Time for a change: Google alternatives

Choices - Google alternatives

Looking back at some blog statistics, it seems that readers can’t get enough of Google alternatives. Google is great, and – I must admit – it’s my usual starting point. But Google has its limitations, and sometimes we need more.

Maybe it’s more privacy. Perhaps you need something more specialized. Or maybe you’re frustrated with Google’s limitations, so you want more options.

Here are some Google alternatives that I’ve recently come across and have been testing out: 

You can search for videos with Google, but then you have the privacy problem that comes with it. If Google’s lack of privacy bothers you, check out Petey Vid, which claims to be the first video search engine that does not save or sell user information. In my test searches, I found that Petey Vid supports phrase searching (by using quotes), and you can limit searches by duration. Also, you can sort results by duration and newer/older.

Technically not a Google alternative since it’s a Google product, Dataset Search helps you discover data for just about any topic. With an index of nearly 25 million datasets, this tool lets you filter results by type of dataset (table, images, text), usage rights, and updated date. Brief descriptions will help you decide if you want to follow the source links.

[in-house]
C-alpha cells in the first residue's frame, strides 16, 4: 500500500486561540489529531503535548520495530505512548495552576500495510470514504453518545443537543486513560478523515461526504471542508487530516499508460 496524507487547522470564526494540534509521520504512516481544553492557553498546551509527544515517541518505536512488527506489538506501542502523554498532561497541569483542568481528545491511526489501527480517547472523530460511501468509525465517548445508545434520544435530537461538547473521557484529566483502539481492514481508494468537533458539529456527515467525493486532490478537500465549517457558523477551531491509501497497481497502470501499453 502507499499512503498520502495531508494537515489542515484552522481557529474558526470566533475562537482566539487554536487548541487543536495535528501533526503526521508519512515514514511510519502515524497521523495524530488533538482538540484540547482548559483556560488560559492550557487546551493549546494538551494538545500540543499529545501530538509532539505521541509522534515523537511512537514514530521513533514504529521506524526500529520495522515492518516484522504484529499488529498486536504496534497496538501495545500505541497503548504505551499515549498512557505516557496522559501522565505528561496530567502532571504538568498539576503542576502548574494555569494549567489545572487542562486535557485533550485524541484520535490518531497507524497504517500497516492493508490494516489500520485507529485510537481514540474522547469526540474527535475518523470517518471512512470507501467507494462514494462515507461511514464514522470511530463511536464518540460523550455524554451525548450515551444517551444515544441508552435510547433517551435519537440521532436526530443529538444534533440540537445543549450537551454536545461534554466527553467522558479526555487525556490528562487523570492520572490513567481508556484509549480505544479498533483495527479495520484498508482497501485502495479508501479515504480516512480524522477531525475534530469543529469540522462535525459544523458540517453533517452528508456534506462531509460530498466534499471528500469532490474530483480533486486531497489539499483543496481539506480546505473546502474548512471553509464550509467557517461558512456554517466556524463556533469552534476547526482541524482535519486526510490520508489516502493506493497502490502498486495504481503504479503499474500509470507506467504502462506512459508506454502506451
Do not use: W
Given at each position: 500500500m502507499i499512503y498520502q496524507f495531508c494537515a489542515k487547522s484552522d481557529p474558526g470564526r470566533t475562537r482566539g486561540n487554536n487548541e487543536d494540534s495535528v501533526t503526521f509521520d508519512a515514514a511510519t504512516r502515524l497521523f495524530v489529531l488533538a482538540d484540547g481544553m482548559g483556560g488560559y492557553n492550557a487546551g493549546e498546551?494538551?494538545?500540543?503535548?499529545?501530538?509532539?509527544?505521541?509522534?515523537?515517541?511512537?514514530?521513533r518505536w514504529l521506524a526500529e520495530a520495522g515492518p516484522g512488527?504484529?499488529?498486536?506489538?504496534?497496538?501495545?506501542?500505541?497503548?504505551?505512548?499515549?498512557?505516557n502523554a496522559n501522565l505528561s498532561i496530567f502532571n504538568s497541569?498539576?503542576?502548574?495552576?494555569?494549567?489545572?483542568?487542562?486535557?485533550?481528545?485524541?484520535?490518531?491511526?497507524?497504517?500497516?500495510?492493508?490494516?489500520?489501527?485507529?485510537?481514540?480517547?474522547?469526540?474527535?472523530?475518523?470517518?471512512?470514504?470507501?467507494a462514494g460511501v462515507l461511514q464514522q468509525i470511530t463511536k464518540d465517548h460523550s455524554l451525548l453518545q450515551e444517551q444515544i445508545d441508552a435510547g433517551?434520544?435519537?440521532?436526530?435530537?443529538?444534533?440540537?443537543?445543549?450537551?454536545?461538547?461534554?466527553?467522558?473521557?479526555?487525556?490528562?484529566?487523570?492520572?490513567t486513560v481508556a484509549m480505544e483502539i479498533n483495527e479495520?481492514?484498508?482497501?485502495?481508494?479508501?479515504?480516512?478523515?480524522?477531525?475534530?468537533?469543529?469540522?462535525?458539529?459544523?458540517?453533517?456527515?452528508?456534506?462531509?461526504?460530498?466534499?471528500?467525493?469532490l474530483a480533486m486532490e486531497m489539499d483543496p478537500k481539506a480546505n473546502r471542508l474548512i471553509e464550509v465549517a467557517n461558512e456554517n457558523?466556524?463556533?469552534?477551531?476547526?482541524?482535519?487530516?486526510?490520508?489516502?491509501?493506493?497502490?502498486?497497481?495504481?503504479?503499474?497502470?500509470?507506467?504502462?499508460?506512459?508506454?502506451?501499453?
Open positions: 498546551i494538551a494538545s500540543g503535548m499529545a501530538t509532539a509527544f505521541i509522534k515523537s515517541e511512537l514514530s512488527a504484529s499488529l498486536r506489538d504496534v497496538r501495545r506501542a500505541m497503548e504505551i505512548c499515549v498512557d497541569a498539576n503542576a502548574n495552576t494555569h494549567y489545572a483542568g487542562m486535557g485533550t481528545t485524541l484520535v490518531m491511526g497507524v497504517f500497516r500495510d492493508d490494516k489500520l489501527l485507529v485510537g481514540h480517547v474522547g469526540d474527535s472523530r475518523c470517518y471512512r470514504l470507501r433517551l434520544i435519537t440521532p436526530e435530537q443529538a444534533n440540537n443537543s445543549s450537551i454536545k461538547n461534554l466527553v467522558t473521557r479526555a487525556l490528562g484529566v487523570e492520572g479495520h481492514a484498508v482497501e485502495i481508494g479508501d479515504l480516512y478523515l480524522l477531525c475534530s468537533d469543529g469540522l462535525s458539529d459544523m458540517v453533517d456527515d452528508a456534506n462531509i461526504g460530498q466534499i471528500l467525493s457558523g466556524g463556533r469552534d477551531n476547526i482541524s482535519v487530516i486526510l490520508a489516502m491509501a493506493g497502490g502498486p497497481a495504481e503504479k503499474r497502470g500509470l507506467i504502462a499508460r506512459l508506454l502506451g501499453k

I love to listen to podcasts while walking the dogs or working out, but it’s difficult to find something new and different. That’s where Listen Notes comes in handy. With nearly 900,000 podcasts and close to 60 million episodes, it’s easy to listen and learn. Filter results by language, duration, and publication date or sort by relevance or date. You can even create your own playlists or search others’ lists.

The quality of Google News is declining, and it’s hard to zero in on localized news or types of sources. Enter NewsLookup, which arranges results by location of the source and type (newspapers, TV, radio, Internet). A handy feature lets you search and display results by document parts, such as document body, meta keywords, and meta description.

Perhaps you want to search, protect your privacy – and make a positive impact. If so, then try Givero, a Denmark-based meta search engine that offers more privacy than Google. And each time you search, Givero donates half of their advertising revenue to certain causes. You can pick your favorite cause, or Givero will split donations between selected nonprofits.

Let me know what you think of these Google alternatives. Do they help or hinder your quest for more information? Can you suggest any others to add to the list?



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